Tommy Emmanuel is one of the world’s best guitarists, yet he’s not widely known in a field that often places glitz above skill. As Emmanuel explains in the opening to a very entertaining TEDx talk, when he told a fellow traveler in business class that he made a living playing the guitar, he had to respond to the question “What band are you in?” with the fact that he played solo guitar. His seatmate looked at him as if Emmanuel had stumbled into the wrong section of the aircraft.
But as he thought about it, Emmanuel explained that he does, in fact, play in a band. A one man band. In his TEDx talk he showcases the amazing skills that have made him so in demand by demonstrating how he plays the bass line, the drummer’s riff, the fills from a rhythm section, and the melody line all at once. If you’re like me, your jaw will drop with the complexity of the music and you’ll laugh at the line “look at how much money I’m saving up here!”
This is clearly someone who has found how to blend his passion with his job. As Emmanuel describes it, he has a calling.
Angela Duckworth, the MacArthur Fellow recipient and author of Grit notes that,
“Fortunate indeed are those who have a top-level goal so consequential to the world that it imbues everything they do, no matter how small or tedious, with significance. Consider the parable of the bricklayers:
Three bricklayers are asked: ‘What are you doing?’
The first says, ‘I am laying bricks.’
The second says, ‘I am building a church.’
And he third says, ‘I am building the house of God.’
The first bricklayer has a job. The second has a career. The third has a calling.”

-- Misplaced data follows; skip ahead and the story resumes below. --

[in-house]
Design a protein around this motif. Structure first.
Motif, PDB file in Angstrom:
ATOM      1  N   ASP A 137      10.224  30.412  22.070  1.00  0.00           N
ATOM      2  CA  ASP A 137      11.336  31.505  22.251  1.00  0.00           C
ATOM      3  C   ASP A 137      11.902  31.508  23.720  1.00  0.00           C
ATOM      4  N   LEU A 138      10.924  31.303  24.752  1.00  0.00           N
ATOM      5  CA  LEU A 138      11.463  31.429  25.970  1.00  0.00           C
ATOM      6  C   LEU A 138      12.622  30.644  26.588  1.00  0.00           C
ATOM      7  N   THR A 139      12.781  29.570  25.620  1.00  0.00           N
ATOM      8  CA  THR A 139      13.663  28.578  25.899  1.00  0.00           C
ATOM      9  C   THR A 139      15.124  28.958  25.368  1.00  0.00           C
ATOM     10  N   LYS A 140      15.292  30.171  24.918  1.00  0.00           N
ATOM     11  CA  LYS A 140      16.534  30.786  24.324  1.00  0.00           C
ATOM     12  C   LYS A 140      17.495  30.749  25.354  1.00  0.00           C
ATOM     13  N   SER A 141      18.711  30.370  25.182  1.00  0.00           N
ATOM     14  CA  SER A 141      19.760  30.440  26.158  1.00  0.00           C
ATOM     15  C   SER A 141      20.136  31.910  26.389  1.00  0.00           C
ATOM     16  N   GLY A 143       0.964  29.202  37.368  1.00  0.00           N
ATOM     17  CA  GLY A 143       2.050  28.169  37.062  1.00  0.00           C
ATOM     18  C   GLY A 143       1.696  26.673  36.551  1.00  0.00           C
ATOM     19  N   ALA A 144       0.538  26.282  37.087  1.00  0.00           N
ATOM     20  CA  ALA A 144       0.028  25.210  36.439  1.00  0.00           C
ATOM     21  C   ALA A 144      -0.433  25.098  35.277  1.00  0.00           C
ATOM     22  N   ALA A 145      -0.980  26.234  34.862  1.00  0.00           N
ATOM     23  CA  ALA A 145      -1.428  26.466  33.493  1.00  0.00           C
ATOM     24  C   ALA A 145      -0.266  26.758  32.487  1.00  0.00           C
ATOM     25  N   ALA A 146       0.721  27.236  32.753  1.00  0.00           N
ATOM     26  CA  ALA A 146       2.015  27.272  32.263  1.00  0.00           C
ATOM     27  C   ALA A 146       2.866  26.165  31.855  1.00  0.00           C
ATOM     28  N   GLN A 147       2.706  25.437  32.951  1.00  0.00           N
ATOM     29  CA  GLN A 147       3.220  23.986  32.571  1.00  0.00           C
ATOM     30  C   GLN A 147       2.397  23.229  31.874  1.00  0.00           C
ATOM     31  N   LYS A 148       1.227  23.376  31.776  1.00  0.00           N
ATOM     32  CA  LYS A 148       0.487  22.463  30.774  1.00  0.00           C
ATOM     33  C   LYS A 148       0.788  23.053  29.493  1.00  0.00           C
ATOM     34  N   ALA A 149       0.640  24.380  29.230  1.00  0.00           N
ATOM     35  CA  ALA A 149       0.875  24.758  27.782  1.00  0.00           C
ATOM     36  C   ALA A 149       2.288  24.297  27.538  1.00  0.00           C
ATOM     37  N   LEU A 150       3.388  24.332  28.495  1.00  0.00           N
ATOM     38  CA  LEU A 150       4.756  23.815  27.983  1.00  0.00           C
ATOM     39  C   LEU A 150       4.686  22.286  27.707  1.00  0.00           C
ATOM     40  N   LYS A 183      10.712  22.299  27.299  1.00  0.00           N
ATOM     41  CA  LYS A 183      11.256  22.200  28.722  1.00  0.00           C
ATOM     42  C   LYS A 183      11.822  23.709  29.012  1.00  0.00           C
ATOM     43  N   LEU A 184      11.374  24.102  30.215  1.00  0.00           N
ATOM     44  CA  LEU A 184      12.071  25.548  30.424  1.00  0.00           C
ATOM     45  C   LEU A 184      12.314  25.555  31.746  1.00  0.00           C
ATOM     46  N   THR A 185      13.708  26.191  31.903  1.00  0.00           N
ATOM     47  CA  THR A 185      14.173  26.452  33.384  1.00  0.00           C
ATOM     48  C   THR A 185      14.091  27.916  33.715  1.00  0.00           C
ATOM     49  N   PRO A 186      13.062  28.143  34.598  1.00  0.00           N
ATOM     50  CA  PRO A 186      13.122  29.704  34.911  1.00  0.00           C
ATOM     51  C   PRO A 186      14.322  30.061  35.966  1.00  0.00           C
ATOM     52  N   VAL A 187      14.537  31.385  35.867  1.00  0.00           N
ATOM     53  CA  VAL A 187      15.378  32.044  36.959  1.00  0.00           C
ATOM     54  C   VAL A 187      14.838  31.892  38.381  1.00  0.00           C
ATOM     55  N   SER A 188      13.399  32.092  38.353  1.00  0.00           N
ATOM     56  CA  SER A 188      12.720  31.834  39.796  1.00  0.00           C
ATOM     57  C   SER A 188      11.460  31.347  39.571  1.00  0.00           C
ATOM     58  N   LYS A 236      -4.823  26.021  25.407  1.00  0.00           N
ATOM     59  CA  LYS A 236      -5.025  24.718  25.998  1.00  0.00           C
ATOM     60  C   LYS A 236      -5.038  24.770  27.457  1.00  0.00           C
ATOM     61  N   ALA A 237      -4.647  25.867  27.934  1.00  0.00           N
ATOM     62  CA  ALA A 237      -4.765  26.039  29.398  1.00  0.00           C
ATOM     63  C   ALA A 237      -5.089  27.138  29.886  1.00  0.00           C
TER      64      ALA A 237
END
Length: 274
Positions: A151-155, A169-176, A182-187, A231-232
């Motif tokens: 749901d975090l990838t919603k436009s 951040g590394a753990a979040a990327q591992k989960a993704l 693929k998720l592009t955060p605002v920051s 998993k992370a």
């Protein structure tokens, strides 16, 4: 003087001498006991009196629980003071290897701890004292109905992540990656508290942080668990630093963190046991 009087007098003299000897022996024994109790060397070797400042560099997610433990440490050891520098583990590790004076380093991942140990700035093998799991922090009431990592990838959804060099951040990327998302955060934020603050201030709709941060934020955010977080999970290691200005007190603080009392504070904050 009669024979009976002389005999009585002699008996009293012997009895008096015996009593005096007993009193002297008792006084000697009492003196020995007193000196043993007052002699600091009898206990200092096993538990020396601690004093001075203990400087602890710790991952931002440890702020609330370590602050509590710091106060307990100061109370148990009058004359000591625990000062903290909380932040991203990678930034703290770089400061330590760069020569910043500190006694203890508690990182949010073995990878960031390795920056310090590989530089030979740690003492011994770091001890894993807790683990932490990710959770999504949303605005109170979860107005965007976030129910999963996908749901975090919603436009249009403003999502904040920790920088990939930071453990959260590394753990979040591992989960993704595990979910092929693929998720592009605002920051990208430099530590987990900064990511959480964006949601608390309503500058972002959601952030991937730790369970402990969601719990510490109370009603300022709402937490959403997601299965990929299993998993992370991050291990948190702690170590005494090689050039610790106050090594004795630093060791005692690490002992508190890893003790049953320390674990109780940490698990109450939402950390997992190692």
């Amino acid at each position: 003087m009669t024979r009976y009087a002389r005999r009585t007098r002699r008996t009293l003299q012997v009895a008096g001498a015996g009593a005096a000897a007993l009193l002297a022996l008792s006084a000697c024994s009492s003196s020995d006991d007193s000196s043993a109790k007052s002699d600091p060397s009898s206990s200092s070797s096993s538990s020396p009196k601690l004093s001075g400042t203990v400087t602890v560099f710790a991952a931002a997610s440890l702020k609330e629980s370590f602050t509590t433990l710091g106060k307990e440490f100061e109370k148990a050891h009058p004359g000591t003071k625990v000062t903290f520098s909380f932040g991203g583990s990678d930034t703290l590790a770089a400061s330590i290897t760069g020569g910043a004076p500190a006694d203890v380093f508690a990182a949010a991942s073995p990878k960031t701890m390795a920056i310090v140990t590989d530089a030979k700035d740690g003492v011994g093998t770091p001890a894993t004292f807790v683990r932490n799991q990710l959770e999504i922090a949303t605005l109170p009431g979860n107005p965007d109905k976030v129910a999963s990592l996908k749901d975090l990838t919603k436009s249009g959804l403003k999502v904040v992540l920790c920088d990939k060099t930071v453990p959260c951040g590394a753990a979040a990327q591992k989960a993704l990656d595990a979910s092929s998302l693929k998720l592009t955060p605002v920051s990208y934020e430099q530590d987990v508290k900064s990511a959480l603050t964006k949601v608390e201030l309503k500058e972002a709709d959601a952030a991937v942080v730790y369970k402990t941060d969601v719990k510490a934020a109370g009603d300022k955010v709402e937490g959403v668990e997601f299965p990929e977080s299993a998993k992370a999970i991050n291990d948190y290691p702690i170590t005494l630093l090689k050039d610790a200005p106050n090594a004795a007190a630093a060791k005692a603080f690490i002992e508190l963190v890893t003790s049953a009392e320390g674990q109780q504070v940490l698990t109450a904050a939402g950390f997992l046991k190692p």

Emmanuel is fortunate in that he recognizes that his work impacts people in special ways. He knows that what’s important is not the critics’ take on his work, but the connections he makes with those who come to hear him play. Connection with others is not just a musician’s stock-in-trade, but is a skill many of us—not fortunate enough to have killer guitar chops—find important in taking a job to a calling. To do work we are passionate about. Emmanuel also notes that none other than the great Chet Atkins called him “the most fearless guitar player he’d ever heard.” Emmanuel continues, “I think that being fearless is a huge part in breaking molds and in raising self-belief.”
Connecting with others. Fearlessness in what we do. Building self-belief. Remembering that you are the master of your own obituary. Or, as Tommy Emmanuel says it at the end of his talk: “Life is not a rehearsal, so you’d better get on with it.”
Have a good week.
More to come…
P.S. – For you Jason Isbell fans, in the video above you can hear Tommy play and Jason sing on a signature song by my first guitar hero, Doc Watson, from Tommy’s most recent album Accomplice One. Enjoy.